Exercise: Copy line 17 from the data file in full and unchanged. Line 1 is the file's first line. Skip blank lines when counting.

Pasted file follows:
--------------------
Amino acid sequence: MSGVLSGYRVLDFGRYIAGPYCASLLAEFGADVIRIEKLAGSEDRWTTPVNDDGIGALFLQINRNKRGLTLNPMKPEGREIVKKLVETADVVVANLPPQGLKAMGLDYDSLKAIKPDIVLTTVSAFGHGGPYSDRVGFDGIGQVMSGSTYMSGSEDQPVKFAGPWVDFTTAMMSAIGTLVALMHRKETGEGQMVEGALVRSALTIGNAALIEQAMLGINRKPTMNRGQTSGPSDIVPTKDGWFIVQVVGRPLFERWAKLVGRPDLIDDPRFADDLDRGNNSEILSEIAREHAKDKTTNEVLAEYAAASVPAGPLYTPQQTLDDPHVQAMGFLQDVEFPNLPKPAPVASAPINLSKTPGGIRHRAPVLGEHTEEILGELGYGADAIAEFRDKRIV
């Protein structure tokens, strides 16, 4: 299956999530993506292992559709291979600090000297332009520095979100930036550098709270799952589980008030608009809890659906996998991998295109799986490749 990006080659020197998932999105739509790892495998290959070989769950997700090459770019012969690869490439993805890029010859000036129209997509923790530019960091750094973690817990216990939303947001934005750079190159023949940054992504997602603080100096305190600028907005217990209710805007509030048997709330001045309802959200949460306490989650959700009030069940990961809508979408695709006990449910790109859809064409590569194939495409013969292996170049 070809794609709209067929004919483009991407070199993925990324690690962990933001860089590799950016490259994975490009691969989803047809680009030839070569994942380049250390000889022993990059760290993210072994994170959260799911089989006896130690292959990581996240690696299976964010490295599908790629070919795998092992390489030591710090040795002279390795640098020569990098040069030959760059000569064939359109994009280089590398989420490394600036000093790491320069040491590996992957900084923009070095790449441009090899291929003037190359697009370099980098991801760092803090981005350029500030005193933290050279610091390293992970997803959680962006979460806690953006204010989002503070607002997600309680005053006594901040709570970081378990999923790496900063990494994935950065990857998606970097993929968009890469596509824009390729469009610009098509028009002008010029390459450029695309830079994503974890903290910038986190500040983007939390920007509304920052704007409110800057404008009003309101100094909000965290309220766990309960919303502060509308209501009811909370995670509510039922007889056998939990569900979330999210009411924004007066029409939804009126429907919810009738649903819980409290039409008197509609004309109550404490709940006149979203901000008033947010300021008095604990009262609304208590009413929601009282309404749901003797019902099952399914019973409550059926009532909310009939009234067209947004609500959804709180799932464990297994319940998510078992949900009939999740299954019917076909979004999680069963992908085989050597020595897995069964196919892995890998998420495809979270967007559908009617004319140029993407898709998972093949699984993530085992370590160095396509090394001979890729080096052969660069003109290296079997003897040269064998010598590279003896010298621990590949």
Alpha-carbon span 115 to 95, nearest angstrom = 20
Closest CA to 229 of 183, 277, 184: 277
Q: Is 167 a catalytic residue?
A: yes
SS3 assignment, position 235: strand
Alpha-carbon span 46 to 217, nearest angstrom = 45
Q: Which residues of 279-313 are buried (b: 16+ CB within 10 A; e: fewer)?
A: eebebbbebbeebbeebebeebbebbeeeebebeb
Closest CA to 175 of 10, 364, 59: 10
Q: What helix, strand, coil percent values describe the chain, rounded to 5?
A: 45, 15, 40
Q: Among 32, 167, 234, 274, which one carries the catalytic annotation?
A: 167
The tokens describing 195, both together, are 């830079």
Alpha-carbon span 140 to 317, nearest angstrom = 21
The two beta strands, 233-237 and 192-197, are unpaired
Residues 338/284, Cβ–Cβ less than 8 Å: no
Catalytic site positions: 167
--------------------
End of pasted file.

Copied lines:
Alpha-carbon span 140 to 317, nearest angstrom = 21